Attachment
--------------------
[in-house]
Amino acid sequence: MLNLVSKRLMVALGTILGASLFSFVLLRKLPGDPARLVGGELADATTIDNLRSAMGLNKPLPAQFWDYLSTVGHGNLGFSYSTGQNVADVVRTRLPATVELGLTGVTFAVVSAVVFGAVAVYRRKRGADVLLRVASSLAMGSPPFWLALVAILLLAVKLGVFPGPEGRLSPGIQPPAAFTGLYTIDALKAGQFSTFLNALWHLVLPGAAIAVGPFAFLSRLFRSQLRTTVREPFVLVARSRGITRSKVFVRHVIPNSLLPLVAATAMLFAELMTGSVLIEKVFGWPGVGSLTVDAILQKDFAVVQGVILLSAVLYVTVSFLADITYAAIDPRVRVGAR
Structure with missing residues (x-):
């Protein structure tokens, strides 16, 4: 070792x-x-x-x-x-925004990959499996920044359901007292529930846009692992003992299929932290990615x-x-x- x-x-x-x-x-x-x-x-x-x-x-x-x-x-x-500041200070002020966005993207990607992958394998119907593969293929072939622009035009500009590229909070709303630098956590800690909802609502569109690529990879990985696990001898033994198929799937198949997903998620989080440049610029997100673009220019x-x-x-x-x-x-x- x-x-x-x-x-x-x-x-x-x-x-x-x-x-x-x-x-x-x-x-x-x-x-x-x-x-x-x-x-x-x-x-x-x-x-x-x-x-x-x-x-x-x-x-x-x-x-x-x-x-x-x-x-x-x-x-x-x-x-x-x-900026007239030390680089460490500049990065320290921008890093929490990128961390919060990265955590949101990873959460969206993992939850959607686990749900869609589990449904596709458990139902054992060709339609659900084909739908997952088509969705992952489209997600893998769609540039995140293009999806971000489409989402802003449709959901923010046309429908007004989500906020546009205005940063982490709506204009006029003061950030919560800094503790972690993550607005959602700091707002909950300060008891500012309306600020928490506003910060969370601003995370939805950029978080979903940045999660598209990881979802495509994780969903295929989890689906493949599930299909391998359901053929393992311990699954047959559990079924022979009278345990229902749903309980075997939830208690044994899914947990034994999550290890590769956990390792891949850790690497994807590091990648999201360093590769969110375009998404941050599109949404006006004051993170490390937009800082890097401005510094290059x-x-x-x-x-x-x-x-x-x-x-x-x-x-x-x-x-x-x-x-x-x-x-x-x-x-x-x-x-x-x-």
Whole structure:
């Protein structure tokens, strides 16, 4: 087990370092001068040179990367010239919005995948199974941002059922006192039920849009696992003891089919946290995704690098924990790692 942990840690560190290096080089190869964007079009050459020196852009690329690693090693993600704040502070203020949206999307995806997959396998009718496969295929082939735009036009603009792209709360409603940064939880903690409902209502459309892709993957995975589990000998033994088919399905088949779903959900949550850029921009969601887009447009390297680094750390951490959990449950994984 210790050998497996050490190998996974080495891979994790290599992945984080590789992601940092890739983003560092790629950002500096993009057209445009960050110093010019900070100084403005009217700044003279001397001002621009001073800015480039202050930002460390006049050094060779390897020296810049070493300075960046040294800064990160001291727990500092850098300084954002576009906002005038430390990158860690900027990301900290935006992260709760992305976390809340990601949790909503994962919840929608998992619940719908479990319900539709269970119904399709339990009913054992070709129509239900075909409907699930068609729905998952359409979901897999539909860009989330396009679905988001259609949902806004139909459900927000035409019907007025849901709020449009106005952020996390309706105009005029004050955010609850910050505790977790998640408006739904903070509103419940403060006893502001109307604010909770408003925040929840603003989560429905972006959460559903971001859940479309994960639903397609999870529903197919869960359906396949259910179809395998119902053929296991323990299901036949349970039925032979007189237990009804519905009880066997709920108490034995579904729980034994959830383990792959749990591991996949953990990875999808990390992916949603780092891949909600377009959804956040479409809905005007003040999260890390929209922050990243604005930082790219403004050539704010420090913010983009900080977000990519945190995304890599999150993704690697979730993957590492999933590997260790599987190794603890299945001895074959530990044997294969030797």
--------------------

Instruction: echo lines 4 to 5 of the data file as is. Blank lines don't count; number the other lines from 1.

């Protein structure tokens, strides 16, 4: 070792x-x-x-x-x-925004990959499996920044359901007292529930846009692992003992299929932290990615x-x-x- x-x-x-x-x-x-x-x-x-x-x-x-x-x-x-500041200070002020966005993207990607992958394998119907593969293929072939622009035009500009590229909070709303630098956590800690909802609502569109690529990879990985696990001898033994198929799937198949997903998620989080440049610029997100673009220019x-x-x-x-x-x-x- x-x-x-x-x-x-x-x-x-x-x-x-x-x-x-x-x-x-x-x-x-x-x-x-x-x-x-x-x-x-x-x-x-x-x-x-x-x-x-x-x-x-x-x-x-x-x-x-x-x-x-x-x-x-x-x-x-x-x-x-x-900026007239030390680089460490500049990065320290921008890093929490990128961390919060990265955590949101990873959460969206993992939850959607686990749900869609589990449904596709458990139902054992060709339609659900084909739908997952088509969705992952489209997600893998769609540039995140293009999806971000489409989402802003449709959901923010046309429908007004989500906020546009205005940063982490709506204009006029003061950030919560800094503790972690993550607005959602700091707002909950300060008891500012309306600020928490506003910060969370601003995370939805950029978080979903940045999660598209990881979802495509994780969903295929989890689906493949599930299909391998359901053929393992311990699954047959559990079924022979009278345990229902749903309980075997939830208690044994899914947990034994999550290890590769956990390792891949850790690497994807590091990648999201360093590769969110375009998404941050599109949404006006004051993170490390937009800082890097401005510094290059x-x-x-x-x-x-x-x-x-x-x-x-x-x-x-x-x-x-x-x-x-x-x-x-x-x-x-x-x-x-x-």
Whole structure: